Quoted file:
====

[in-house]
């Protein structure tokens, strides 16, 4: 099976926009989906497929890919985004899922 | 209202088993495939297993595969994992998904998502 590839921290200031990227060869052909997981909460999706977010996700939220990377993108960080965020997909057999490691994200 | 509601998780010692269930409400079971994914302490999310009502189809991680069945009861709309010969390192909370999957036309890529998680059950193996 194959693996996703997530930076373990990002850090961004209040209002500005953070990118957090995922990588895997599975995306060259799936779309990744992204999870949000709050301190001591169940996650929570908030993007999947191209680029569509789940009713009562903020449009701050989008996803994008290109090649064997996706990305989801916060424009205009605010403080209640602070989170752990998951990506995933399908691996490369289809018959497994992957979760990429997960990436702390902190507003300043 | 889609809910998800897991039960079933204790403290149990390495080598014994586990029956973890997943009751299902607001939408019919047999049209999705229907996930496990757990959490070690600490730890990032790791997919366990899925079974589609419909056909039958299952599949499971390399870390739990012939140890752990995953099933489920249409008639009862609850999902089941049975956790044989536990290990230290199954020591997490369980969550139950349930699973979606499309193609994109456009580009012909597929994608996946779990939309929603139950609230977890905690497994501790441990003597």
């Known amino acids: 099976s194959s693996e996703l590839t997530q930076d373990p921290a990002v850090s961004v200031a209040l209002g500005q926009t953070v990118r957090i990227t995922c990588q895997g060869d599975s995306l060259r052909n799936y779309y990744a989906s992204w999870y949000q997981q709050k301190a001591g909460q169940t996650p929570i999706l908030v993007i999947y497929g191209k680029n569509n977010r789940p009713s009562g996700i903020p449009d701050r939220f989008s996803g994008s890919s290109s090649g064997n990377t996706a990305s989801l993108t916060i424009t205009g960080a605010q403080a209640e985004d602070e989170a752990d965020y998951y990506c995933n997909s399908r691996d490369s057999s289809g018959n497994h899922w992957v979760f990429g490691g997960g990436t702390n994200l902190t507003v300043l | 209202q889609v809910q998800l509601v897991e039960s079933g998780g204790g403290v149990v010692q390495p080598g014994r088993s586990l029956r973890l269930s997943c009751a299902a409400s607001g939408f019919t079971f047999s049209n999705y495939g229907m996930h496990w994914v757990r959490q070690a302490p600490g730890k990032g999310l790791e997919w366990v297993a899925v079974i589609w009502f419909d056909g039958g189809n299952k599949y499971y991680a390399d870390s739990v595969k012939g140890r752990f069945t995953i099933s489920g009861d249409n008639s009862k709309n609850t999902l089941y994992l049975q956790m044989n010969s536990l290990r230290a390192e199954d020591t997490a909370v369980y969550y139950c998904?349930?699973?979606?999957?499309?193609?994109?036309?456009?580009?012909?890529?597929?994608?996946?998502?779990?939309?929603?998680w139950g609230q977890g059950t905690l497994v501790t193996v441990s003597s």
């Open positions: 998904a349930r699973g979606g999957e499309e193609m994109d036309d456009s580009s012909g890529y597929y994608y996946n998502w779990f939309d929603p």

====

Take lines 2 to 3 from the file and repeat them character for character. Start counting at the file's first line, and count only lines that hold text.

């Protein structure tokens, strides 16, 4: 099976926009989906497929890919985004899922 | 209202088993495939297993595969994992998904998502 590839921290200031990227060869052909997981909460999706977010996700939220990377993108960080965020997909057999490691994200 | 509601998780010692269930409400079971994914302490999310009502189809991680069945009861709309010969390192909370999957036309890529998680059950193996 194959693996996703997530930076373990990002850090961004209040209002500005953070990118957090995922990588895997599975995306060259799936779309990744992204999870949000709050301190001591169940996650929570908030993007999947191209680029569509789940009713009562903020449009701050989008996803994008290109090649064997996706990305989801916060424009205009605010403080209640602070989170752990998951990506995933399908691996490369289809018959497994992957979760990429997960990436702390902190507003300043 | 889609809910998800897991039960079933204790403290149990390495080598014994586990029956973890997943009751299902607001939408019919047999049209999705229907996930496990757990959490070690600490730890990032790791997919366990899925079974589609419909056909039958299952599949499971390399870390739990012939140890752990995953099933489920249409008639009862609850999902089941049975956790044989536990290990230290199954020591997490369980969550139950349930699973979606499309193609994109456009580009012909597929994608996946779990939309929603139950609230977890905690497994501790441990003597």
């Known amino acids: 099976s194959s693996e996703l590839t997530q930076d373990p921290a990002v850090s961004v200031a209040l209002g500005q926009t953070v990118r957090i990227t995922c990588q895997g060869d599975s995306l060259r052909n799936y779309y990744a989906s992204w999870y949000q997981q709050k301190a001591g909460q169940t996650p929570i999706l908030v993007i999947y497929g191209k680029n569509n977010r789940p009713s009562g996700i903020p449009d701050r939220f989008s996803g994008s890919s290109s090649g064997n990377t996706a990305s989801l993108t916060i424009t205009g960080a605010q403080a209640e985004d602070e989170a752990d965020y998951y990506c995933n997909s399908r691996d490369s057999s289809g018959n497994h899922w992957v979760f990429g490691g997960g990436t702390n994200l902190t507003v300043l | 209202q889609v809910q998800l509601v897991e039960s079933g998780g204790g403290v149990v010692q390495p080598g014994r088993s586990l029956r973890l269930s997943c009751a299902a409400s607001g939408f019919t079971f047999s049209n999705y495939g229907m996930h496990w994914v757990r959490q070690a302490p600490g730890k990032g999310l790791e997919w366990v297993a899925v079974i589609w009502f419909d056909g039958g189809n299952k599949y499971y991680a390399d870390s739990v595969k012939g140890r752990f069945t995953i099933s489920g009861d249409n008639s009862k709309n609850t999902l089941y994992l049975q956790m044989n010969s536990l290990r230290a390192e199954d020591t997490a909370v369980y969550y139950c998904?349930?699973?979606?999957?499309?193609?994109?036309?456009?580009?012909?890529?597929?994608?996946?998502?779990?939309?929603?998680w139950g609230q977890g059950t905690l497994v501790t193996v441990s003597s």